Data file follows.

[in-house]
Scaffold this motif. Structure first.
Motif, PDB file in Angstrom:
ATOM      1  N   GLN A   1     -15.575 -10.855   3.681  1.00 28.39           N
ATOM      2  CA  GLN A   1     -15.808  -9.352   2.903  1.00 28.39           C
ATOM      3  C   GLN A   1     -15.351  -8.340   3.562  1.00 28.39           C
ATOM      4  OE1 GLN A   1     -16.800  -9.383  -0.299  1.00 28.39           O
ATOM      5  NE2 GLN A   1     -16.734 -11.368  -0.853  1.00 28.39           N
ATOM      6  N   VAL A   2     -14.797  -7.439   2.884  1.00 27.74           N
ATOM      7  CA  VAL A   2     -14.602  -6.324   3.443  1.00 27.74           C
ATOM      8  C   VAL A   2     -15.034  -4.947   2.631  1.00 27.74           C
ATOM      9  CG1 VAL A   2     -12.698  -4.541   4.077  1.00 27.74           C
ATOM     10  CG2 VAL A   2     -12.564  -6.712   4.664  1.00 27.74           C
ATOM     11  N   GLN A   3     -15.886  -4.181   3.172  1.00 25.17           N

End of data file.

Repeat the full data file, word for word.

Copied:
[in-house]
Scaffold this motif. Structure first.
Motif, PDB file in Angstrom:
ATOM      1  N   GLN A   1     -15.575 -10.855   3.681  1.00 28.39           N
ATOM      2  CA  GLN A   1     -15.808  -9.352   2.903  1.00 28.39           C
ATOM      3  C   GLN A   1     -15.351  -8.340   3.562  1.00 28.39           C
ATOM      4  OE1 GLN A   1     -16.800  -9.383  -0.299  1.00 28.39           O
ATOM      5  NE2 GLN A   1     -16.734 -11.368  -0.853  1.00 28.39           N
ATOM      6  N   VAL A   2     -14.797  -7.439   2.884  1.00 27.74           N
ATOM      7  CA  VAL A   2     -14.602  -6.324   3.443  1.00 27.74           C
ATOM      8  C   VAL A   2     -15.034  -4.947   2.631  1.00 27.74           C
ATOM      9  CG1 VAL A   2     -12.698  -4.541   4.077  1.00 27.74           C
ATOM     10  CG2 VAL A   2     -12.564  -6.712   4.664  1.00 27.74           C
ATOM     11  N   GLN A   3     -15.886  -4.181   3.172  1.00 25.17           N